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  • Open Access

Role of NIHR HTA clinical trials on subsequent systematic reviews

  • James Raftery1 and
  • Amanda Young2
Trials201516(Suppl 2):P171

https://doi.org/10.1186/1745-6215-16-S2-P171

Published: 16 November 2015

Keywords

Public HealthConfidence IntervalClinical TrialSystematic ReviewSearch Term

Background

The Health Technology Assessment programme relies partly on systematic reviews for the identification of topics for the commissioning of clinical trials. However, the Programme does not examine the extent to which relevant systematic reviews, new or updates, report.

Aims and Objectives

To review the HTA portfolio of published trials to determine the extent to which HTA funded trials are included in subsequent systematic reviews.

Method

A cohort of published HTA trials to December 2011 (from the metadata HTA project) were reviewed. The Cochrane Library was searched for reviews containing HTA funded trials using the technology and disease as search terms.

Results

The preliminary findings from the Cochrane Library found 28 trials out of the eligible 121 trials (excluding four pilot and feasibility studies) were found in a subsequent Cochrane systematic review. The weight of the included HTA trials varied widely (from 100% to 9%). In eight reviews, the trial had a weight of 100% indicating how the trial provided the only evidence for that particular comparison. However, of those 28 trials, only half showed superiority. For the rest, the 95% confidence interval included a measure of no difference. The implications of this will be discussed.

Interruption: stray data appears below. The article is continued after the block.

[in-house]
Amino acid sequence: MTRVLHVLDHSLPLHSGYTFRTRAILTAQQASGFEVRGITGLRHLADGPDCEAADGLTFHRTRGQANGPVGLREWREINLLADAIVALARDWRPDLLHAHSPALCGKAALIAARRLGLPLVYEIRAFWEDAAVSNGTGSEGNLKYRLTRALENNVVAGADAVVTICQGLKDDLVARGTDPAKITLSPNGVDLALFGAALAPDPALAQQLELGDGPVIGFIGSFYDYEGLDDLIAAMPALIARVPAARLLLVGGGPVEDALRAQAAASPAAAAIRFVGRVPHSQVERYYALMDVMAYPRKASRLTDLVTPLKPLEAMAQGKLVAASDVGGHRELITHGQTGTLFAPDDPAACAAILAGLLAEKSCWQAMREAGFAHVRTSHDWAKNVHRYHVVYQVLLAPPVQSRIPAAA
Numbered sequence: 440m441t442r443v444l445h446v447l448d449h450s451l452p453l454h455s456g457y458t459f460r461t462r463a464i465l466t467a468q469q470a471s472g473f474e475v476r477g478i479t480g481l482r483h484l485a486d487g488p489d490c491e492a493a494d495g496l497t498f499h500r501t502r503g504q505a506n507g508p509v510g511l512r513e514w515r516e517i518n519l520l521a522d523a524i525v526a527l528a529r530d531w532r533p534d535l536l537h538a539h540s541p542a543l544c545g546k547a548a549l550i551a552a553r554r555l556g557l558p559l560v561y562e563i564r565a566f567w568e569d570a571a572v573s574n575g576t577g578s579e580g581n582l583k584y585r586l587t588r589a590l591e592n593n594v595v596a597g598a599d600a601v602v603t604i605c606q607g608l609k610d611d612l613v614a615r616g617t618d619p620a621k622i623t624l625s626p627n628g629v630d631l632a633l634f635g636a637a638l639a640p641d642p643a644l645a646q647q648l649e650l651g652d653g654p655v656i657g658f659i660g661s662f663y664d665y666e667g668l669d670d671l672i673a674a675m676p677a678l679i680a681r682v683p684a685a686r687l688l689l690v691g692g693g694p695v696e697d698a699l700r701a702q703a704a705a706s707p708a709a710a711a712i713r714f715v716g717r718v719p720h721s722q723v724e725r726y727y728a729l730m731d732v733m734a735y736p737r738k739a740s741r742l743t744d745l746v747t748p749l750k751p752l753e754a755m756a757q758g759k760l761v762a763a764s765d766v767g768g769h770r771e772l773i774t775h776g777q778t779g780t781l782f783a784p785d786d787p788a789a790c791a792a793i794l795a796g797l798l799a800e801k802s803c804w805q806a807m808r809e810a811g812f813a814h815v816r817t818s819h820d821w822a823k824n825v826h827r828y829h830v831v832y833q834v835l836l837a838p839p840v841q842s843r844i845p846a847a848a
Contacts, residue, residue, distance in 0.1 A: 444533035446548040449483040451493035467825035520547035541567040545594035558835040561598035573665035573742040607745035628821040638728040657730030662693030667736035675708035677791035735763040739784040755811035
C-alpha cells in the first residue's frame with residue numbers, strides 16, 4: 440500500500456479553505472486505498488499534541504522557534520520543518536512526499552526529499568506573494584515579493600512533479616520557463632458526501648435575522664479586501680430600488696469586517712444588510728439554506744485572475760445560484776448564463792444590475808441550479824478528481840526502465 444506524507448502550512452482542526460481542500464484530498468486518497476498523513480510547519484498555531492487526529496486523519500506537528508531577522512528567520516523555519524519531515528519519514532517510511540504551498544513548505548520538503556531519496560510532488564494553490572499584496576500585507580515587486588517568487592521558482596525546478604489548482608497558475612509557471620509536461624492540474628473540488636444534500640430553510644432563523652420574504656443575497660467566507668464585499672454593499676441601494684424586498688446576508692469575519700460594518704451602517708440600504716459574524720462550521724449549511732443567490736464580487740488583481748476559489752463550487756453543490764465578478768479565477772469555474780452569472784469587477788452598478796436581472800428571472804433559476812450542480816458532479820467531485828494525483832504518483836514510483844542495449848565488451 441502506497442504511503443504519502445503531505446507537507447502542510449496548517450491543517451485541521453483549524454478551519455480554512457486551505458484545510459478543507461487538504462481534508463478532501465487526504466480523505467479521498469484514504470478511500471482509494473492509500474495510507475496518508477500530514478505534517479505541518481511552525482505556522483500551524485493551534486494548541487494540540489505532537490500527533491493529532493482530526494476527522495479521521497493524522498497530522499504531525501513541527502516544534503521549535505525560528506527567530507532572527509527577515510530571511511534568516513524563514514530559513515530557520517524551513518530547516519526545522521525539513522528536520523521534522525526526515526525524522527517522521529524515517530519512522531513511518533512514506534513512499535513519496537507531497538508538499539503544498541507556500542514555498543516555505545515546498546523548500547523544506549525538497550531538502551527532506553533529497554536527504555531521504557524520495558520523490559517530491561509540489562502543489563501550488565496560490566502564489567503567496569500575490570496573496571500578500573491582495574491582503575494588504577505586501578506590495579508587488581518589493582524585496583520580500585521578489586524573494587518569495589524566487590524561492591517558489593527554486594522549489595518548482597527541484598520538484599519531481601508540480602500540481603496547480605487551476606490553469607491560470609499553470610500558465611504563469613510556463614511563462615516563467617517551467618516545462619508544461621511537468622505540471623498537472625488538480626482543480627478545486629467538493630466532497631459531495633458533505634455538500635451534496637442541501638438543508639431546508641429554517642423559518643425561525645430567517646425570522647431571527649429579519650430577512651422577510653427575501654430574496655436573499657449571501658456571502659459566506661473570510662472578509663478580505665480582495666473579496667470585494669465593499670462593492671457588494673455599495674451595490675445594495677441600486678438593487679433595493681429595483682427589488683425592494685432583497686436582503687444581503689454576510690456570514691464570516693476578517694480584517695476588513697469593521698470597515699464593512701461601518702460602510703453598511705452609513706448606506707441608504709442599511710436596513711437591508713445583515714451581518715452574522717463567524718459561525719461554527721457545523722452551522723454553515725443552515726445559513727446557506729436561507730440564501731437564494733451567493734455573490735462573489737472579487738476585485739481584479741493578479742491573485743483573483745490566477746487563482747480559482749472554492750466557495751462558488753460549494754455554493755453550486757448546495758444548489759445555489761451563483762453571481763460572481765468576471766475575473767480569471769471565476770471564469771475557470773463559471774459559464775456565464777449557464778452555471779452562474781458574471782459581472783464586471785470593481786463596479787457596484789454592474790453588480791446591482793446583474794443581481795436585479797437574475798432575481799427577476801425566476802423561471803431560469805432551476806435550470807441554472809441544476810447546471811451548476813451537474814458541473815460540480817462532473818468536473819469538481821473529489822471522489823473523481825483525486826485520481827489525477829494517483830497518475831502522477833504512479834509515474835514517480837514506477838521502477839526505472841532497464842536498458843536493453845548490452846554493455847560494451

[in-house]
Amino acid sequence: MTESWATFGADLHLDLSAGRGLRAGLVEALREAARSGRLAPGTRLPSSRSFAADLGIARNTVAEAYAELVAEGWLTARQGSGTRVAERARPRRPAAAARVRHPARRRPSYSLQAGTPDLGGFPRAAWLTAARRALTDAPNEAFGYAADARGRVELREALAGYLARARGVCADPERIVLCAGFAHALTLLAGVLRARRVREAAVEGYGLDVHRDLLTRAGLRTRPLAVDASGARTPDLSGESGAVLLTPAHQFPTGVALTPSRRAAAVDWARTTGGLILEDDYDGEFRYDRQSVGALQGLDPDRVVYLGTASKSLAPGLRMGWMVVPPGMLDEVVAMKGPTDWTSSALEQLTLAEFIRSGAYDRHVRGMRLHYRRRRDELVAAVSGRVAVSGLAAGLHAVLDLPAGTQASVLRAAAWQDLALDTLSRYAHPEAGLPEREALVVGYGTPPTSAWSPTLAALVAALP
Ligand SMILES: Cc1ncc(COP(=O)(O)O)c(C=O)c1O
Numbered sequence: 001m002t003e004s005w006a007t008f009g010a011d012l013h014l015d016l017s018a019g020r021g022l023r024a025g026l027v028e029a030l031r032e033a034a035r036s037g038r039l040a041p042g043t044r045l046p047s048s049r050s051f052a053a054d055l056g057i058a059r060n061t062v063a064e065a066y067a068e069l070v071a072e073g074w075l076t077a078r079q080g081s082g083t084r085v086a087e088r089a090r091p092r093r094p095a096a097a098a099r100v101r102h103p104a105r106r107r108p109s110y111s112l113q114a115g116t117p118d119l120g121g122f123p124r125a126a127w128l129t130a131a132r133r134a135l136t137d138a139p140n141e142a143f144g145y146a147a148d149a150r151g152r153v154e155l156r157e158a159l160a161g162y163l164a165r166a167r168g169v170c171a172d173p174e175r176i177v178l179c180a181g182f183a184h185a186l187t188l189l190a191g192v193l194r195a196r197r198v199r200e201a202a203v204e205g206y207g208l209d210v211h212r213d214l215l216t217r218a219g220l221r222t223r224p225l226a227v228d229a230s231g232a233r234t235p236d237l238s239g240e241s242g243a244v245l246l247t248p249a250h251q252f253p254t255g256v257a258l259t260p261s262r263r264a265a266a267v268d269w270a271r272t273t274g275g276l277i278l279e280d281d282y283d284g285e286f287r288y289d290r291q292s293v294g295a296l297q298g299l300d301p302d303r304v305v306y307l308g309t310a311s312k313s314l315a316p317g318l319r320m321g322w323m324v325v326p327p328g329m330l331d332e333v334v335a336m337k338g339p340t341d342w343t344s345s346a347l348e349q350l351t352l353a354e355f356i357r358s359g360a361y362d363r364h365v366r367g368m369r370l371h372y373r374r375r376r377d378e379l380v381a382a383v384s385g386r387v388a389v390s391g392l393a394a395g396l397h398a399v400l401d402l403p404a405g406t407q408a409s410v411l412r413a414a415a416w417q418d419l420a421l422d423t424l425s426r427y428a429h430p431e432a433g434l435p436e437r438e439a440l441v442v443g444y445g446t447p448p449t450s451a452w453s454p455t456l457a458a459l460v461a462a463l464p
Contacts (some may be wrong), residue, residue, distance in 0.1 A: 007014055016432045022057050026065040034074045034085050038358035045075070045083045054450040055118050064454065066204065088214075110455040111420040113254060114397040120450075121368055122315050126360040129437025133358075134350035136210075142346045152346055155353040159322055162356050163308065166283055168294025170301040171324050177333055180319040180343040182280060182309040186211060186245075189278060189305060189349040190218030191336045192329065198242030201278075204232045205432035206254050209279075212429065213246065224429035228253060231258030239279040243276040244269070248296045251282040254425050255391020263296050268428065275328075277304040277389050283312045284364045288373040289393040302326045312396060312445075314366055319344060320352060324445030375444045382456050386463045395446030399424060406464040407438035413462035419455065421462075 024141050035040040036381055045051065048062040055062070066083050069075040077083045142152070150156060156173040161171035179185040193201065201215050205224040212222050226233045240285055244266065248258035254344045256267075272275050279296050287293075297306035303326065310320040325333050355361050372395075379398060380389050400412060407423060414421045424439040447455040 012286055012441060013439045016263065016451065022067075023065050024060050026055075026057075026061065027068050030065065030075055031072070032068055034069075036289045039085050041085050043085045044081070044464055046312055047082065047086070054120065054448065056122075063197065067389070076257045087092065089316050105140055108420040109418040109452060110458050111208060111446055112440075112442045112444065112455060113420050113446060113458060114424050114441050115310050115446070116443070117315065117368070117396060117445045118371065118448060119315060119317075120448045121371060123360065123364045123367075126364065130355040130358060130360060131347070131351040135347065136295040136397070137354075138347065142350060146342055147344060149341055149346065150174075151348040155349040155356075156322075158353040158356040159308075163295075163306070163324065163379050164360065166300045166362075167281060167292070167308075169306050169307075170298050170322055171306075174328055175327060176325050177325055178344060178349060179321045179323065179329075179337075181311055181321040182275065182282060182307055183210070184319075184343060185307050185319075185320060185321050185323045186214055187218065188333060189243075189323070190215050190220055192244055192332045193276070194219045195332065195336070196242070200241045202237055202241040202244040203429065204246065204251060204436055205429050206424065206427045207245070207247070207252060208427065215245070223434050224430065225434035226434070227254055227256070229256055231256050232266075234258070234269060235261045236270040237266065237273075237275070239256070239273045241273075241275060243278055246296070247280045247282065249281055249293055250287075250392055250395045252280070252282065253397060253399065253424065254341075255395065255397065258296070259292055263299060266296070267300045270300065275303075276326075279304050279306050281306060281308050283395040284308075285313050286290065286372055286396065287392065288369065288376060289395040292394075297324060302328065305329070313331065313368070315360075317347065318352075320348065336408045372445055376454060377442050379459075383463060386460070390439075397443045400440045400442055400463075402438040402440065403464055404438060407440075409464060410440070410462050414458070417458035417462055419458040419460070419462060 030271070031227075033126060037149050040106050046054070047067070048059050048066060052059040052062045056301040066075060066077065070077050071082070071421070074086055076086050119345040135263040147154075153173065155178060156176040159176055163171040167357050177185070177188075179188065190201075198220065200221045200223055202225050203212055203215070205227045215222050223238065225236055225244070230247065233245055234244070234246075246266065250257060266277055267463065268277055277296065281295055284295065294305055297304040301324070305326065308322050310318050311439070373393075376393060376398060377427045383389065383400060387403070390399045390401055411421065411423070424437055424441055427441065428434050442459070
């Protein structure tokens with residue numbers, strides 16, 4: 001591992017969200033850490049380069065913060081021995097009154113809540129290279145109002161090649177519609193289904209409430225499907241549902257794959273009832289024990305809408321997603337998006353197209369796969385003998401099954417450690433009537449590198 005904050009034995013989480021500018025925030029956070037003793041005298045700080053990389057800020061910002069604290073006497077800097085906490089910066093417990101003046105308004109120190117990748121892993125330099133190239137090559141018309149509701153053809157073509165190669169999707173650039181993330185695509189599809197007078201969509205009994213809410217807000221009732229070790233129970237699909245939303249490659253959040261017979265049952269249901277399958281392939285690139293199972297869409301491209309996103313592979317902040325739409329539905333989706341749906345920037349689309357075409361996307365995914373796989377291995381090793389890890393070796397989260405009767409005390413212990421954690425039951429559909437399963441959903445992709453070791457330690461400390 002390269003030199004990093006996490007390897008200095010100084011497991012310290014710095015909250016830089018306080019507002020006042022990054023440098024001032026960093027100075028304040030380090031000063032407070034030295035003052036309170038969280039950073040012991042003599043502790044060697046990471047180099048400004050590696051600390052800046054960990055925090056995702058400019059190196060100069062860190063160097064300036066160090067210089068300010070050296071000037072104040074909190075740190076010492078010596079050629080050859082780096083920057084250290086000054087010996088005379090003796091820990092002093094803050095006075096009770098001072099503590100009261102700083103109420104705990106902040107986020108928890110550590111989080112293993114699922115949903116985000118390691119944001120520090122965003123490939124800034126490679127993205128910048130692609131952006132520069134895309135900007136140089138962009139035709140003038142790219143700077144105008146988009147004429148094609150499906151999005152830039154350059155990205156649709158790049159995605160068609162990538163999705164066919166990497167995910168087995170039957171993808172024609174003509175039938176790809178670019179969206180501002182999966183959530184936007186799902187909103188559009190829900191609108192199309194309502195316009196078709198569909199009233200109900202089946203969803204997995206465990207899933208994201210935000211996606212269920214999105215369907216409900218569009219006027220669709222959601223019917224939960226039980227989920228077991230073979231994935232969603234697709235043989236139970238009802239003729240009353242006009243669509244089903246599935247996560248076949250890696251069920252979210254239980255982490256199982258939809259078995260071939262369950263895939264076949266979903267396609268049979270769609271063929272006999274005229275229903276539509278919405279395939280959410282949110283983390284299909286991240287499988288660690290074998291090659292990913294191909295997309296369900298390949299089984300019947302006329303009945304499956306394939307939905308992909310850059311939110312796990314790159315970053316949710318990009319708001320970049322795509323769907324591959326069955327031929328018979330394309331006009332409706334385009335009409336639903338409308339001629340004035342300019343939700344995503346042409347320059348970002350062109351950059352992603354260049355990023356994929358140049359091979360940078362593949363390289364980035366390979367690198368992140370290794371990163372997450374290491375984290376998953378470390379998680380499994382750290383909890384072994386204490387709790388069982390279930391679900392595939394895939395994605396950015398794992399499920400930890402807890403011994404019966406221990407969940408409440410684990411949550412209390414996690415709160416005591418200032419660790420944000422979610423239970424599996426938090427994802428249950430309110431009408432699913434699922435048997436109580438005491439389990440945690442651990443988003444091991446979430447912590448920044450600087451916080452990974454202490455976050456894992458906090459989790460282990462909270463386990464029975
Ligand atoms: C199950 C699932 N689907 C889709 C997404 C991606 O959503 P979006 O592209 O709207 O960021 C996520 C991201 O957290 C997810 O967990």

Conclusions

The HTA Programme completes one side of a loop from a systematic review to the need for a new trial but not vice versa. The impact of a new trial on the subsequent systematic review is not examined. Only by completing this side of the loop can it be established whether further research is required.

Authors’ Affiliations

(1)
University of Southampton and University Hospital Southampton, Southampton, UK
(2)
National Institute for Health Research (NIHR), Evaluation, Trials and Studies Coordinating Centre (NETSCC), University of Southampton, Southampton, UK

Copyright

© Raftery and Young 2015

This article is published under license to BioMed Central Ltd. This is an Open Access article distributed under the terms of the Creative Commons Attribution License (http://creativecommons.org/licenses/by/4.0), which permits unrestricted use, distribution, and reproduction in any medium, provided the original work is properly cited. The Creative Commons Public Domain Dedication waiver (http://creativecommons.org/publicdomain/zero/1.0/) applies to the data made available in this article, unless otherwise stated.

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